The "deadly techniques" of combatives were meant to be effective but, were propagandized to make them seem "ultra deadly" so that soldiers would not fear closing with and killing an enemy in combat. This has lead to some equally as propagandized marketing for World War II based combatives.

Vietnam lead to the addition of flak vests and fighting at close range in the jungles or urban areas. This placed a larger focus on Judo's goshinjutsu techniques. With additional training taught in on post Dojos for by veterans to service men or service men to service men. Combatives in the Army and Marine Corps from this era became build around a mix of free style Fairbairn's Defendu based World War 2 combatives and mixed with karate and judo techniques. Based off insights from veteran martial artists and soldier working for the OSS (Office of Strategic Services)

The USMC developed its own combatives program after it dropped the Rex Applegate system, this new system called L.I.N.E. or Linear Infighting Neuro-Override Engagement was seen as too defensive in nature and again judo based.

When the USMC established a MCMAP (Marine Corps Martial Arts Program), they added a level of expertise to the combatives training with ever progressing levels of training and knowledge.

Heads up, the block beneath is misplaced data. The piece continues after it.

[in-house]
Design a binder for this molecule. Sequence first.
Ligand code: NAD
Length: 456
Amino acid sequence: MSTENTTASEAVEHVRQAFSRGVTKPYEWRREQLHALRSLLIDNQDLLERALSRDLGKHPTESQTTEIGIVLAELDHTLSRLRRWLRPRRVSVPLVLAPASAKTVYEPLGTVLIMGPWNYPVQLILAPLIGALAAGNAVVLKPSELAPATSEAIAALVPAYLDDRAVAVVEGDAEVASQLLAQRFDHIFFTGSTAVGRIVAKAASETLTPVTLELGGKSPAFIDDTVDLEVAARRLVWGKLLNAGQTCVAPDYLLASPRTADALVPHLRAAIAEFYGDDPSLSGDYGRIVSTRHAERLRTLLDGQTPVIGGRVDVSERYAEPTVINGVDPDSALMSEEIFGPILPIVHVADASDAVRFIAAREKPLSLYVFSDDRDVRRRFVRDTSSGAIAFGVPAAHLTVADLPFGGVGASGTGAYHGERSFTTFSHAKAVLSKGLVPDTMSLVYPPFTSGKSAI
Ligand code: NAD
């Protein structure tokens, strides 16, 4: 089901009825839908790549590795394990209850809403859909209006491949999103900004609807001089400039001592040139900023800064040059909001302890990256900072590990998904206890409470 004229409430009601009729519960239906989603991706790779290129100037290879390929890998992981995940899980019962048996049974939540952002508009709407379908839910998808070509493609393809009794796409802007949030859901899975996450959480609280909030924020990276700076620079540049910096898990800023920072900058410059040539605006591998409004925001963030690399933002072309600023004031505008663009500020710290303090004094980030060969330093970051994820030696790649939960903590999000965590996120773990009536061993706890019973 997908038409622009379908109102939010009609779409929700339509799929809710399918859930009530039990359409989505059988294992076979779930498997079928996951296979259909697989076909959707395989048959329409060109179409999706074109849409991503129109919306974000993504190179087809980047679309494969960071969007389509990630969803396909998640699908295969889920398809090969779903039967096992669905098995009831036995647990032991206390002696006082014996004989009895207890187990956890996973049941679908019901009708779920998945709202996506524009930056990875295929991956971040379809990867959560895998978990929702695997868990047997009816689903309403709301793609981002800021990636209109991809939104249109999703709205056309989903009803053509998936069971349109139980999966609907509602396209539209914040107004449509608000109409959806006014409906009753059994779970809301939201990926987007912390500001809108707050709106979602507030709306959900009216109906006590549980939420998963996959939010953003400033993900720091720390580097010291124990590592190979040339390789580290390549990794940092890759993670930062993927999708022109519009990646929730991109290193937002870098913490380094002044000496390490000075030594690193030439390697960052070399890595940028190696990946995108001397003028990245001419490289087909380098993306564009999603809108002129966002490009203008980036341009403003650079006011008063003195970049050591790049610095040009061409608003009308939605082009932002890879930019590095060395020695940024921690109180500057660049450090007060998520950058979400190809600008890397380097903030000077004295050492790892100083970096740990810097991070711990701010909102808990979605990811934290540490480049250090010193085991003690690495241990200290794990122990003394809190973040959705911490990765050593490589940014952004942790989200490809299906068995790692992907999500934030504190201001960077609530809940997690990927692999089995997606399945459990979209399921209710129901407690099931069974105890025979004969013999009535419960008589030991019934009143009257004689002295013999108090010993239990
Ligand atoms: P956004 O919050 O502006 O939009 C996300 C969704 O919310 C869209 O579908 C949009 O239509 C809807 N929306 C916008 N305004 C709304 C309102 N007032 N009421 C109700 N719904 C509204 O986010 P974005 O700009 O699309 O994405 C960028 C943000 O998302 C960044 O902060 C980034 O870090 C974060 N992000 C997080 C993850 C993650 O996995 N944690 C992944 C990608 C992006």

This in turn with conflicts being fought primarily in urban terrain caused the Army to reexamine combatives. The generation one Modern Army Combatives program was started completely fresh and was designed to create a base of instruction or critical self-defense skills useful for the individual soldier in close combat. The war on terror has shifted the focus of the military to fighting smaller guerrilla style cells,  which abuse the laws of war by recruiting, training and operating in urban settings were the full might of a professional military such as air strikes, cruise missiles and artillery cannot be brought to bear as it would endanger noncombatant civilians.

Generation one MAC relied mainly on the program developed by the Gracie family, now known as Gracie combatives.  While the World War 2 Combatives fans claim "their system" is better,  they overlook a key test of war fighting ability, the ability to not get shot. I would suggest anyone can perform a test of whether a martial art is effective for modern combat by sparring someone use the World War 2 methods and have people shooting paint balls across "ring at each other." Now if you get hit in the head or body, its a kill and you die. Oh yeah, you are a target as well for the shooters. See an issue here?

I am not saying MAC 1 is better, because in gaining a dominant position you can do some damage and still be "grappling effective" with gaining the dominant position and striking vital areas. Something I felt was simple and effective. My additions, inspired by limited training in hand-to-hand combatives of the Vietnam era with veterans in my own family, became a pattern for my own hand-to-hand combat system based on research into the history behind the Fairbairn-Stykes system.